“Exposing the Full ‘Monte'”
by Scott Mantz
“The Count of Monte Cristo”
Jim Caviezel, Guy Pearce
Directed by Kevin Reynolds
|Everything I do, I do it for you! Jim Caviezel and Dagmara Dominczyk are star-crossed lovers in “The Count of Monte Cristo”|
Going to the movies in January is a lot like going to a breakfast buffet at one o’clock in the afternoon: there’s simply not much to choose from. For example, since so many of December’s limited releases don’t open wide until January, most of the studios don’t even bother releasing anything new to compete with so many Oscar contenders. What little they do release isn’t anything to write home about, and as a result, January is seen as something of a cinematic dumping ground for less-than-promising studio fare.
Despite the shortage in quality, there’s always the chance that a smaller film could come out of nowhere and–with the help of counter-programming and lots of luck–catch moviegoers by surprise. Last year, that movie was the Julia Stiles teen romance “Save the Last Dance,” which opened amidst of flurry of Oscar contenders and still achieved box office success to the tune of over $91 million.
This year, that film just may be “The Count of Monte Cristo.” Talk about a pleasant surprise, the latest adaptation of Alexandre Dumas’ classic story of love, betrayal, and revenge has everything it needs to fit the bill as an old-fashioned, good-time Saturday matinee. Thanks to picturesque scenery, top-notch action, strong performances, and even a dash of humor, “The Count of Monte Cristo” is a swashbuckling adventure that easily qualifies as the first great movie of the new year.
Good-natured young sailor Edmond Dantes (Jim Caviezel) may not be rich, but thanks to his love for the beautiful Mercedes (Dagmara Dominczyk), he has everything he needs. His jealous best friend Fernand (Guy Pearce) wants Mercedes for himself, so he conspires with a villainous magistrate (James Frain) to frame Dantes and banish him to the remote island prison Chateau D’Ilf. For the next 13 years, he becomes consumed by thoughts of vengeance, and when he finally escapes, he reinvents himself into the French nobility as the wealthy Count of Monte Cristo. With deft planning, he carries out his revenge against the men who deceived him, but his bitter quest for retribution threatens to blind him from the love he once knew.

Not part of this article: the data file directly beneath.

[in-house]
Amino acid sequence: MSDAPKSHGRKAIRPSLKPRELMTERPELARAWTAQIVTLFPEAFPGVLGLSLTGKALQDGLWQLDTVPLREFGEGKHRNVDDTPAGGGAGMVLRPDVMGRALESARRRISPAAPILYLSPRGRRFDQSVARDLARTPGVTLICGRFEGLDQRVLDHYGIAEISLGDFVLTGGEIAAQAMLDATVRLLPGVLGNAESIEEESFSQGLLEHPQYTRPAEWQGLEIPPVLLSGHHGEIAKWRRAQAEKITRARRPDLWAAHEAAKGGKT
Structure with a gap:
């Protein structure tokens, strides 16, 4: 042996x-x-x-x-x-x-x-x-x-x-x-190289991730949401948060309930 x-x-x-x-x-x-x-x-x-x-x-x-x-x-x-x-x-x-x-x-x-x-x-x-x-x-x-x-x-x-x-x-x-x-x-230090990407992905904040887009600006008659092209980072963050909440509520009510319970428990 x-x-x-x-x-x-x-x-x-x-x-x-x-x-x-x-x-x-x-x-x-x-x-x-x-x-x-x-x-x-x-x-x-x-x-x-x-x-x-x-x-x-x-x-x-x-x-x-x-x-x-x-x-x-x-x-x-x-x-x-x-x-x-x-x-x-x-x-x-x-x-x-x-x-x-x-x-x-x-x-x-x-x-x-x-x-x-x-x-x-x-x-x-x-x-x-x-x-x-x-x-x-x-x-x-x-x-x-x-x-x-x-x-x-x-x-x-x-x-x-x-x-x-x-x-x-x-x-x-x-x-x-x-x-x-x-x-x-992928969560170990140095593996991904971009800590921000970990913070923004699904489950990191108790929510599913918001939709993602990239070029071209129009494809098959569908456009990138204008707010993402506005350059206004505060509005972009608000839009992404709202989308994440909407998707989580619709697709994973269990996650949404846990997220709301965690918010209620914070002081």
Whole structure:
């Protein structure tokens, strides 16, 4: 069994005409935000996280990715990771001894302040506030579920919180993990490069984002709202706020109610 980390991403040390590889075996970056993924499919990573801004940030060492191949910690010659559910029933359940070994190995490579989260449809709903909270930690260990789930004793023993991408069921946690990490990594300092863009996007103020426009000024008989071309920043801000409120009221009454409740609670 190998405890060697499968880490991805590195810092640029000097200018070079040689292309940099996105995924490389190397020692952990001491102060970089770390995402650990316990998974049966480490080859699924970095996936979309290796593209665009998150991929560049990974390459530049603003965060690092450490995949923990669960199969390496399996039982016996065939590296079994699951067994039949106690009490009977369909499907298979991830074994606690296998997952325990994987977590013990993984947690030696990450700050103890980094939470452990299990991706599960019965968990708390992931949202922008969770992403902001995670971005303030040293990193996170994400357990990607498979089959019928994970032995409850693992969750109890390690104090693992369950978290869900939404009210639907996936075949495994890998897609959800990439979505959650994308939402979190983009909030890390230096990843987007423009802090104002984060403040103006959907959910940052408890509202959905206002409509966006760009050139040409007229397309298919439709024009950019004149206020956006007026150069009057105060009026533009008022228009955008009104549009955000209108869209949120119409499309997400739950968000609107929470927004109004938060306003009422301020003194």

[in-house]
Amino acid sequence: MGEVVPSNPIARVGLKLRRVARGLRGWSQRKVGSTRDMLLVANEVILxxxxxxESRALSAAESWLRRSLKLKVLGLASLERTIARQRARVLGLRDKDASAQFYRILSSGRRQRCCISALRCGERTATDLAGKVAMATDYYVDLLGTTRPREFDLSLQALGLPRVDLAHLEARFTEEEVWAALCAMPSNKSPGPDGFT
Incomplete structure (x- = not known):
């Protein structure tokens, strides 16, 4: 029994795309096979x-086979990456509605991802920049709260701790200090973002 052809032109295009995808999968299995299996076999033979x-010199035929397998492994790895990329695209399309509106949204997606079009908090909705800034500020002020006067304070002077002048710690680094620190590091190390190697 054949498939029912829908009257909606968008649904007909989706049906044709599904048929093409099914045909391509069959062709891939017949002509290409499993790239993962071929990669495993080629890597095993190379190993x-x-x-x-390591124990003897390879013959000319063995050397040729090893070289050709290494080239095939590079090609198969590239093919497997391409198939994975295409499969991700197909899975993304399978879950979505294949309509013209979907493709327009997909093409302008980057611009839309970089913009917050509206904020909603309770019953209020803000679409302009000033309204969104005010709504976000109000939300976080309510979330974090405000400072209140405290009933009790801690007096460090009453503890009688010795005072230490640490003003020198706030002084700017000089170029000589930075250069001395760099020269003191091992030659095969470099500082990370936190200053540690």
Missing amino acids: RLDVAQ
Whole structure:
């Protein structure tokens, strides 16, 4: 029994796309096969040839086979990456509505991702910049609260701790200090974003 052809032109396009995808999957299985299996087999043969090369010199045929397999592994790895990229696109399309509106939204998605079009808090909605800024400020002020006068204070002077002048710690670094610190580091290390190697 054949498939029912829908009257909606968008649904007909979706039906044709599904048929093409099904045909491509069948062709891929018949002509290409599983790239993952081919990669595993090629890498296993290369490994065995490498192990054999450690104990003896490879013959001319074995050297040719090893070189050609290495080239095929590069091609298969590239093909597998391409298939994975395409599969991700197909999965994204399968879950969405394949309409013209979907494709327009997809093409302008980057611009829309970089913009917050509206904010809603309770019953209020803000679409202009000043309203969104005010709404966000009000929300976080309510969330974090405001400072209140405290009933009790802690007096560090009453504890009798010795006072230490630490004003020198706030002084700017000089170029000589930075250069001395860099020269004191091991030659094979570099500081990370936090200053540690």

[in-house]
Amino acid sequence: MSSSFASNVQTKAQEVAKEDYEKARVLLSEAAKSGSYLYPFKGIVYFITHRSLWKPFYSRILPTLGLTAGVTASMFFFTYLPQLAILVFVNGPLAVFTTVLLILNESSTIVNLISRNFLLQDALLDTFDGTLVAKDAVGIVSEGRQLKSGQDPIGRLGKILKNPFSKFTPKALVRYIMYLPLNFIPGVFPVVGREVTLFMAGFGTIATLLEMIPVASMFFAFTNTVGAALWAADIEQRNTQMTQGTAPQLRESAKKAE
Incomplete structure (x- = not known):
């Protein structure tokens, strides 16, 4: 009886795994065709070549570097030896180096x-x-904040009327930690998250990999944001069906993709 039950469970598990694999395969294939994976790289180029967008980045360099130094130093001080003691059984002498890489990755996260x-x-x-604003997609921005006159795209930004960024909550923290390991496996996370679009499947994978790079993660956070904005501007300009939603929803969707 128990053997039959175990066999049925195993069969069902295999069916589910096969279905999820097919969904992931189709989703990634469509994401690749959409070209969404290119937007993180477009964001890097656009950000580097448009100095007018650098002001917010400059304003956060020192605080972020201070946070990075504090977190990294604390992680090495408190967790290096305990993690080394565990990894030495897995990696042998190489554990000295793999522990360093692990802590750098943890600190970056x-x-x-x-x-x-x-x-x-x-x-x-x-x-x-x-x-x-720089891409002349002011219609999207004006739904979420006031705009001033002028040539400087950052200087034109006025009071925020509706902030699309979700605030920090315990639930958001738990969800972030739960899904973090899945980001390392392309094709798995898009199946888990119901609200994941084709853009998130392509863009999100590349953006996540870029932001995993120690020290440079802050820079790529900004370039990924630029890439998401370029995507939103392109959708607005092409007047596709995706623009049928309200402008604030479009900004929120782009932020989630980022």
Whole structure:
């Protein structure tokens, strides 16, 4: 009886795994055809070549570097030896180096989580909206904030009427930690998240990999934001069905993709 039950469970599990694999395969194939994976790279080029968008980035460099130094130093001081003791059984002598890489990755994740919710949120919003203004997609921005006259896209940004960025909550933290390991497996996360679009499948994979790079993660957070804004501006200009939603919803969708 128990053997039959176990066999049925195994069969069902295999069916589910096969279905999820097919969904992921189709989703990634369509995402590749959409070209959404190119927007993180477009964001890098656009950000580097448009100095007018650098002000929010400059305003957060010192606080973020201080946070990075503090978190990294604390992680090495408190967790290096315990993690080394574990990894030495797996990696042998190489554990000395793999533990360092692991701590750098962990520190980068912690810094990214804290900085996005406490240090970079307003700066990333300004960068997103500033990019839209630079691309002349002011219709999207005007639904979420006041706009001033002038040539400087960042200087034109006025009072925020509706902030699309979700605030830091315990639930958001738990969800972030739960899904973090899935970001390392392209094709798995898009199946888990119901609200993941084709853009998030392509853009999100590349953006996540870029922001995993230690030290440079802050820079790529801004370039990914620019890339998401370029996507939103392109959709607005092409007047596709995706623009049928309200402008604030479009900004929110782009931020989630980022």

Between feature films, TV movies, and various mini-series, there are 18 versions of “The Count of Monte Cristo” listed on the Internet Movie Database. Now admittedly, I haven’t seen any of them, nor have I read the classic book, so I have no basis for comparison. That being the case, I was still thoroughly entertained and impressed with the latest version as a stand-alone piece of work.
Director Kevin Reynolds is no stranger to period adventures, having directed Kevin Costner in 1991’s crowd-pleasing “Robin Hood: Prince of Thieves.” The elements that made that film such a commercial hit–the charismatic main character, the bad guy you love to hate, the beautiful damsel in distress, and the edge-of-your-seat action–are all here, and you simply can’t help but get caught up in the epic feel of the action and adventure.
Jim Caviezel has built quite an impressive resume as a solid performer in films like “The Thin Red Line” and “Frequency,” but “The Count of Monte Cristo” is by far his strongest performance to date. He effortlessly makes the transition from wide-eyed, naive youth to embittered, vengeful man, and there’s no denying his charismatic appeal. He also has great chemistry with Guy Pearce, who seems to relish playing his spoiled, jealous, and former best friend.
In many cases, it falls to the supporting cast members to keep the film fun and light on its feet. Screen legend Richard Harris–whose long beard makes him look like he stepped out of “Harry Potter and the Sorcerer’s Stone”–plays Caviezel’s long-time cell mate who teaches him how to read, fence, and plan his escape. The always reliable Luis Guzman provides the perfect amount of comic relief and almost steals the show as Caviezel’s right-hand-man, and what would any period adventure be without a stunning, strong-willed beauty, here played by Dagmara Dominczyk.
Given its paint-by-numbers storyline, it’s safe to say that we’ve seen this sort of thing before, and in many ways, the original “Count of Monte Cristo” was the “Gladiator” of its day. For our day, it may be a simple case of been-there, done-that, but when it’s as fun and as exciting as this, there’s no reason why moviegoers–even those familiar with the original material–can’t go there again and re-live the adventure one more time.